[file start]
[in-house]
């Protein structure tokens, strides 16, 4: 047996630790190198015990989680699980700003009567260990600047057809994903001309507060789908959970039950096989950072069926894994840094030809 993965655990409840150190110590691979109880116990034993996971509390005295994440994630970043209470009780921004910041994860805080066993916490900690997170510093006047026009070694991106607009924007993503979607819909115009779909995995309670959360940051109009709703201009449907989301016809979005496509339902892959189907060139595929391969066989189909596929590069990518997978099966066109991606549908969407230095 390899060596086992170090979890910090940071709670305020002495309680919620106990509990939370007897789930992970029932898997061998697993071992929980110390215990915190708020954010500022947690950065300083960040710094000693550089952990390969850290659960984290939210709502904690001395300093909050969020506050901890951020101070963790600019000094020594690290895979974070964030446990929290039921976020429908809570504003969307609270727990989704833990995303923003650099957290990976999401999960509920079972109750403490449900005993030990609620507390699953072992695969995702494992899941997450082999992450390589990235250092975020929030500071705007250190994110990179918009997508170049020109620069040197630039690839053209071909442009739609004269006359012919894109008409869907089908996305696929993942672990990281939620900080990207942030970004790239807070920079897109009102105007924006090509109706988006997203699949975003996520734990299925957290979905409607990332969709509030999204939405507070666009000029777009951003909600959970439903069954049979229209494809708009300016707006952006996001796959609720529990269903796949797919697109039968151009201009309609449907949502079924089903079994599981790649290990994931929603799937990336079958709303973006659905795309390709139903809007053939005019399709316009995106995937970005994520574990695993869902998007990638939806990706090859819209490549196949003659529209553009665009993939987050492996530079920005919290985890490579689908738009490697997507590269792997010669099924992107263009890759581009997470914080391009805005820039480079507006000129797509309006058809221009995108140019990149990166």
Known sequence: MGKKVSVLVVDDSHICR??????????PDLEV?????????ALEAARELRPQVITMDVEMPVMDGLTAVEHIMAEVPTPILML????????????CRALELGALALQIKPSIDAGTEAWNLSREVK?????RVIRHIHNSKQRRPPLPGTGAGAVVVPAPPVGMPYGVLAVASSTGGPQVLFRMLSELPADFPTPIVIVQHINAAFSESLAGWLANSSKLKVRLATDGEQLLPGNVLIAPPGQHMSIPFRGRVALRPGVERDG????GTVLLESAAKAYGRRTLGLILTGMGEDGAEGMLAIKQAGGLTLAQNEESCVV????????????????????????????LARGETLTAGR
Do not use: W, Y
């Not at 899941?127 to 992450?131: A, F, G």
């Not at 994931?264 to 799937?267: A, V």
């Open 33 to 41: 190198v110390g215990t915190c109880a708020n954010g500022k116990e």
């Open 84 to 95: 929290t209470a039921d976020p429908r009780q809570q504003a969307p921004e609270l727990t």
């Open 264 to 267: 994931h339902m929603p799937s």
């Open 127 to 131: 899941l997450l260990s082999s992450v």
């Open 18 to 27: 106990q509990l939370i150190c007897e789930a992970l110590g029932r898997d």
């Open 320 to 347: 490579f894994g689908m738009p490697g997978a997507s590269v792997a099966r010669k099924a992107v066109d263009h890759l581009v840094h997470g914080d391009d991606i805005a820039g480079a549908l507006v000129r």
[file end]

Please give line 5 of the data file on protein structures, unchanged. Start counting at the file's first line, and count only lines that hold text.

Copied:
């Not at 899941?127 to 992450?131: A, F, G």